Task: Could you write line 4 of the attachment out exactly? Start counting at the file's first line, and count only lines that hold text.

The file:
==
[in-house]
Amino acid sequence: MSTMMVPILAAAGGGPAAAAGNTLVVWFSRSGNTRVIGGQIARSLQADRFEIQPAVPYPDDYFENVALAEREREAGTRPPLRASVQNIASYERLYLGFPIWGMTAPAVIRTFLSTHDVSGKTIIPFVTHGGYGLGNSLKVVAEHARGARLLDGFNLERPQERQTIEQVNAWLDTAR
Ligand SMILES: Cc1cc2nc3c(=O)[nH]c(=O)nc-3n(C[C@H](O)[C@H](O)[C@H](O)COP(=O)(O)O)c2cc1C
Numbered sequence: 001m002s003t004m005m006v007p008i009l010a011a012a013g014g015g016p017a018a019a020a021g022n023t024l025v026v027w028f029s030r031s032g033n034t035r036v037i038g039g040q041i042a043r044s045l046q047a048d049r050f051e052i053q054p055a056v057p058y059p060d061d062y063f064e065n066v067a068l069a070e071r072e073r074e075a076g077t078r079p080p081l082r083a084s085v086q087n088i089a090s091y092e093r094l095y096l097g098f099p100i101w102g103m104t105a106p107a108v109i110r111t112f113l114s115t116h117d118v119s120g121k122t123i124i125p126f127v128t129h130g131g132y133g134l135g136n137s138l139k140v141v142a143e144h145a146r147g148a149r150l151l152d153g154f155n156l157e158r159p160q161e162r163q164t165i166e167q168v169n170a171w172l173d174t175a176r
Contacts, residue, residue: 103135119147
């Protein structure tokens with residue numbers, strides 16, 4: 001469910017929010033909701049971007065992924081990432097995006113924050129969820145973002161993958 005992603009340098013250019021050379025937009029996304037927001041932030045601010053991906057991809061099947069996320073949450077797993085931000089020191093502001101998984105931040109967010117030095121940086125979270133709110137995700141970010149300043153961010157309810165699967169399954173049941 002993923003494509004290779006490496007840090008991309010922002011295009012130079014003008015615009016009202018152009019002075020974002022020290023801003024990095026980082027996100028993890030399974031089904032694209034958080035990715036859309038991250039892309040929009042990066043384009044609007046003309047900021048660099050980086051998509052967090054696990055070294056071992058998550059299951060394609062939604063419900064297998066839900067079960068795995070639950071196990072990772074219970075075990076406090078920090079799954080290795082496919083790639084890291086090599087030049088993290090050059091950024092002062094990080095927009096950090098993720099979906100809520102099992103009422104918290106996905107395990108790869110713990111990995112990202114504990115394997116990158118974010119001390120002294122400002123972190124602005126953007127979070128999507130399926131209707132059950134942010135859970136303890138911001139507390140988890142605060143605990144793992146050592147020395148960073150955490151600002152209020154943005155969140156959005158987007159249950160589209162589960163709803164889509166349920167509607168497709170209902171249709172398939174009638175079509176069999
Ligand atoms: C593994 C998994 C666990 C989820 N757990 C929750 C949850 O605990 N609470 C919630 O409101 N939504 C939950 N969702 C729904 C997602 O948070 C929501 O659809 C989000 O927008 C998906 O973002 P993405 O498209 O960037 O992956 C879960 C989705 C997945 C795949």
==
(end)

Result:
Numbered sequence: 001m002s003t004m005m006v007p008i009l010a011a012a013g014g015g016p017a018a019a020a021g022n023t024l025v026v027w028f029s030r031s032g033n034t035r036v037i038g039g040q041i042a043r044s045l046q047a048d049r050f051e052i053q054p055a056v057p058y059p060d061d062y063f064e065n066v067a068l069a070e071r072e073r074e075a076g077t078r079p080p081l082r083a084s085v086q087n088i089a090s091y092e093r094l095y096l097g098f099p100i101w102g103m104t105a106p107a108v109i110r111t112f113l114s115t116h117d118v119s120g121k122t123i124i125p126f127v128t129h130g131g132y133g134l135g136n137s138l139k140v141v142a143e144h145a146r147g148a149r150l151l152d153g154f155n156l157e158r159p160q161e162r163q164t165i166e167q168v169n170a171w172l173d174t175a176r